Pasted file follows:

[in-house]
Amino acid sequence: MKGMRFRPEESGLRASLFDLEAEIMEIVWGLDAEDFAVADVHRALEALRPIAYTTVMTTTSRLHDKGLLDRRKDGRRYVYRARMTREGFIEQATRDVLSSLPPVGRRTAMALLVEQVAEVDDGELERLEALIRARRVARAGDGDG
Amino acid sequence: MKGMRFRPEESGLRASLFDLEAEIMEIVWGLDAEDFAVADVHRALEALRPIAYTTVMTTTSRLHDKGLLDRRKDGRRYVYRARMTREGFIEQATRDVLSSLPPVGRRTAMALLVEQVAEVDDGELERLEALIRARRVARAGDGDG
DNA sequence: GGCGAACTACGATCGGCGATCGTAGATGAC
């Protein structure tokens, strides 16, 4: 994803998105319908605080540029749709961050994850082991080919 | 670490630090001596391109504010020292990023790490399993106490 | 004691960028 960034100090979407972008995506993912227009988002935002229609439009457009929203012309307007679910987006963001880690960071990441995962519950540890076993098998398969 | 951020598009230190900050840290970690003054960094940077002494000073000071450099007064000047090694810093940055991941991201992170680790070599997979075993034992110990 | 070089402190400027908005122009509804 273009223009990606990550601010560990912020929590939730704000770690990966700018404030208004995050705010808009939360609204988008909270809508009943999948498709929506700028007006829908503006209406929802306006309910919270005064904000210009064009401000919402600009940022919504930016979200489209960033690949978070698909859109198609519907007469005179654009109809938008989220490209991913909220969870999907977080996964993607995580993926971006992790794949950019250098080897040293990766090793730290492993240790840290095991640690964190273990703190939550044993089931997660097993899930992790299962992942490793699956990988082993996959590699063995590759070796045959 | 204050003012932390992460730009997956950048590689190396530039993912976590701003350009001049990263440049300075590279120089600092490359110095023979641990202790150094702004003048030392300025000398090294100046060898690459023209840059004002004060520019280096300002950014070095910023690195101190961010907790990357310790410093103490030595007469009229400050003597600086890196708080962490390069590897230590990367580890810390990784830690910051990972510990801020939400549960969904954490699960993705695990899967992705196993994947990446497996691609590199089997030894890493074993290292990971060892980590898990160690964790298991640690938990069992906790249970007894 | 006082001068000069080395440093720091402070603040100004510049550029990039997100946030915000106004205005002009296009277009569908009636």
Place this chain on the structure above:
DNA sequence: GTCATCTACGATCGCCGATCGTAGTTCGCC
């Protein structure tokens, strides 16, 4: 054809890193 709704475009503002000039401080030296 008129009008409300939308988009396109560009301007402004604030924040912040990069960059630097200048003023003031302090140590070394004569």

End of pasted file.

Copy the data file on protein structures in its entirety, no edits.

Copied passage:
[in-house]
Amino acid sequence: MKGMRFRPEESGLRASLFDLEAEIMEIVWGLDAEDFAVADVHRALEALRPIAYTTVMTTTSRLHDKGLLDRRKDGRRYVYRARMTREGFIEQATRDVLSSLPPVGRRTAMALLVEQVAEVDDGELERLEALIRARRVARAGDGDG
Amino acid sequence: MKGMRFRPEESGLRASLFDLEAEIMEIVWGLDAEDFAVADVHRALEALRPIAYTTVMTTTSRLHDKGLLDRRKDGRRYVYRARMTREGFIEQATRDVLSSLPPVGRRTAMALLVEQVAEVDDGELERLEALIRARRVARAGDGDG
DNA sequence: GGCGAACTACGATCGGCGATCGTAGATGAC
């Protein structure tokens, strides 16, 4: 994803998105319908605080540029749709961050994850082991080919 | 670490630090001596391109504010020292990023790490399993106490 | 004691960028 960034100090979407972008995506993912227009988002935002229609439009457009929203012309307007679910987006963001880690960071990441995962519950540890076993098998398969 | 951020598009230190900050840290970690003054960094940077002494000073000071450099007064000047090694810093940055991941991201992170680790070599997979075993034992110990 | 070089402190400027908005122009509804 273009223009990606990550601010560990912020929590939730704000770690990966700018404030208004995050705010808009939360609204988008909270809508009943999948498709929506700028007006829908503006209406929802306006309910919270005064904000210009064009401000919402600009940022919504930016979200489209960033690949978070698909859109198609519907007469005179654009109809938008989220490209991913909220969870999907977080996964993607995580993926971006992790794949950019250098080897040293990766090793730290492993240790840290095991640690964190273990703190939550044993089931997660097993899930992790299962992942490793699956990988082993996959590699063995590759070796045959 | 204050003012932390992460730009997956950048590689190396530039993912976590701003350009001049990263440049300075590279120089600092490359110095023979641990202790150094702004003048030392300025000398090294100046060898690459023209840059004002004060520019280096300002950014070095910023690195101190961010907790990357310790410093103490030595007469009229400050003597600086890196708080962490390069590897230590990367580890810390990784830690910051990972510990801020939400549960969904954490699960993705695990899967992705196993994947990446497996691609590199089997030894890493074993290292990971060892980590898990160690964790298991640690938990069992906790249970007894 | 006082001068000069080395440093720091402070603040100004510049550029990039997100946030915000106004205005002009296009277009569908009636």
Place this chain on the structure above:
DNA sequence: GTCATCTACGATCGCCGATCGTAGTTCGCC
């Protein structure tokens, strides 16, 4: 054809890193 709704475009503002000039401080030296 008129009008409300939308988009396109560009301007402004604030924040912040990069960059630097200048003023003031302090140590070394004569």